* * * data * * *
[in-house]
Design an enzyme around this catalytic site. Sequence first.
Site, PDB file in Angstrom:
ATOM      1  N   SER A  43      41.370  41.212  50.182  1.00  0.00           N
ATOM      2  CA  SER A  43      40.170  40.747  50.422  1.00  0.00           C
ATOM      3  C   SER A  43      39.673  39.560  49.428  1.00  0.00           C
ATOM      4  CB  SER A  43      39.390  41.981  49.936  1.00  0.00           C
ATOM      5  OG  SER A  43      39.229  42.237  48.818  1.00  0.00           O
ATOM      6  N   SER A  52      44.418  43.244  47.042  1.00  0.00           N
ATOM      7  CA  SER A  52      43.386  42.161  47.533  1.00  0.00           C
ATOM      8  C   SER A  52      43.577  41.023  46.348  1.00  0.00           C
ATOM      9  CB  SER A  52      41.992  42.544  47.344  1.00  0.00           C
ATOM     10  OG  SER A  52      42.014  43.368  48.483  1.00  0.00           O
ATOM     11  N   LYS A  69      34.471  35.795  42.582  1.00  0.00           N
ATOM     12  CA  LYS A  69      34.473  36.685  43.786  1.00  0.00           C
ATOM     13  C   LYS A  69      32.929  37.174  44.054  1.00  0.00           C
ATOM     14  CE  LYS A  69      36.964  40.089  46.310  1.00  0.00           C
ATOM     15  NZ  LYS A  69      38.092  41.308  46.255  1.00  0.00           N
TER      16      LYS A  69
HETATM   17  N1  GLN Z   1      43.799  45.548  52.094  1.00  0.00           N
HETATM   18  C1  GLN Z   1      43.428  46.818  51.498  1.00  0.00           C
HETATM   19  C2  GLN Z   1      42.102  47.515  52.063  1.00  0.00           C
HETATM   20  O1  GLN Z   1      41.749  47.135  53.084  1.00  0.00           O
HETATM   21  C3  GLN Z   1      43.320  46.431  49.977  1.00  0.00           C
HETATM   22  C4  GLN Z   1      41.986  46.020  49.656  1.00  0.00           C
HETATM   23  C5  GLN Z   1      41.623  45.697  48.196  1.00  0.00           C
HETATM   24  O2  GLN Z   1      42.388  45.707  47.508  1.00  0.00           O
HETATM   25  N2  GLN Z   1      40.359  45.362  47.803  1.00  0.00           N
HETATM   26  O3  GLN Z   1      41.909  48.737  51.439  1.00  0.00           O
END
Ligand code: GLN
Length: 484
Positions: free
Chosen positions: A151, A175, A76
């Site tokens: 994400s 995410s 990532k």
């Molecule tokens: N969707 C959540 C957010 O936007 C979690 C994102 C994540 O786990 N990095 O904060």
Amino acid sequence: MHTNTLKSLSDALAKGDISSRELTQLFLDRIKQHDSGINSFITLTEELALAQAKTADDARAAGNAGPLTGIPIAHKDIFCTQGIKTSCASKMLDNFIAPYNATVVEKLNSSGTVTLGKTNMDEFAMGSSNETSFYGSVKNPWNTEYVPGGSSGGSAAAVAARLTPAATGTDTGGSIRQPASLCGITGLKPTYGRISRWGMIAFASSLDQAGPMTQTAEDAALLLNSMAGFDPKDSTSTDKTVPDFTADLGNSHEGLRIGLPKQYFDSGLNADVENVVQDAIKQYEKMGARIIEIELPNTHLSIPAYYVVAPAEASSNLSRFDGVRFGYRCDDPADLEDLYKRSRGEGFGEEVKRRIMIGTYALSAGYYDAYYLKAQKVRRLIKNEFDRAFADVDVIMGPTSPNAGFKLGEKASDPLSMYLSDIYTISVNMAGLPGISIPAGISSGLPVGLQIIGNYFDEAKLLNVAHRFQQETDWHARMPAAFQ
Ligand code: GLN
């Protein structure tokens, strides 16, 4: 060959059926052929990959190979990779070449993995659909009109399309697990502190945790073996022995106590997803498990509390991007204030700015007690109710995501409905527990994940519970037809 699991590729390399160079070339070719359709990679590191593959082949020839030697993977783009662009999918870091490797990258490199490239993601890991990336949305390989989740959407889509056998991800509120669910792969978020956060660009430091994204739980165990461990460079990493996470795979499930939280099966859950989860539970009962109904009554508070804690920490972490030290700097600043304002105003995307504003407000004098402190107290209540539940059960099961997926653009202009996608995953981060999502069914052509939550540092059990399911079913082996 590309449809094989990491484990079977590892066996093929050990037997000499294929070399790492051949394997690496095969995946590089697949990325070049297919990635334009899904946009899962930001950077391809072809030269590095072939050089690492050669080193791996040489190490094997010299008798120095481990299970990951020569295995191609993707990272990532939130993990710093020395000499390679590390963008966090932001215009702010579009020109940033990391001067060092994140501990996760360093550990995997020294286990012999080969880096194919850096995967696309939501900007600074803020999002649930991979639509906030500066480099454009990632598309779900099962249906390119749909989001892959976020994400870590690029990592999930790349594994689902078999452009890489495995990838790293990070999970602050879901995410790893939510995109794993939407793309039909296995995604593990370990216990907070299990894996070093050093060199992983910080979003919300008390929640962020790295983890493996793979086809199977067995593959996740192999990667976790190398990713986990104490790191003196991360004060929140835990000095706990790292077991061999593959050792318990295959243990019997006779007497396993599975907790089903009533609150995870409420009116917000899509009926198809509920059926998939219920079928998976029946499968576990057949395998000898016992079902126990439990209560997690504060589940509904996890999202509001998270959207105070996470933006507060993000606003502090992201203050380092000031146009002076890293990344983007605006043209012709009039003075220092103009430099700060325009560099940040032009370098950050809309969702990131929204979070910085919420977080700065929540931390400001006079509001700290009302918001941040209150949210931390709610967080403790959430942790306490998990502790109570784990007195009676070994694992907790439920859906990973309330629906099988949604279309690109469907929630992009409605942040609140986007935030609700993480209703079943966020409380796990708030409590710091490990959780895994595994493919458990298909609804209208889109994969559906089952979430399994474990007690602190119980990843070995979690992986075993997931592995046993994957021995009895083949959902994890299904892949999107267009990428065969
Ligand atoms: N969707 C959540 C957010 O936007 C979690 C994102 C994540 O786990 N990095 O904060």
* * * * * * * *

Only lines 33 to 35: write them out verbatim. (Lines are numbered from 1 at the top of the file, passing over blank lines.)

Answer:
Positions: free
Chosen positions: A151, A175, A76
């Site tokens: 994400s 995410s 990532k």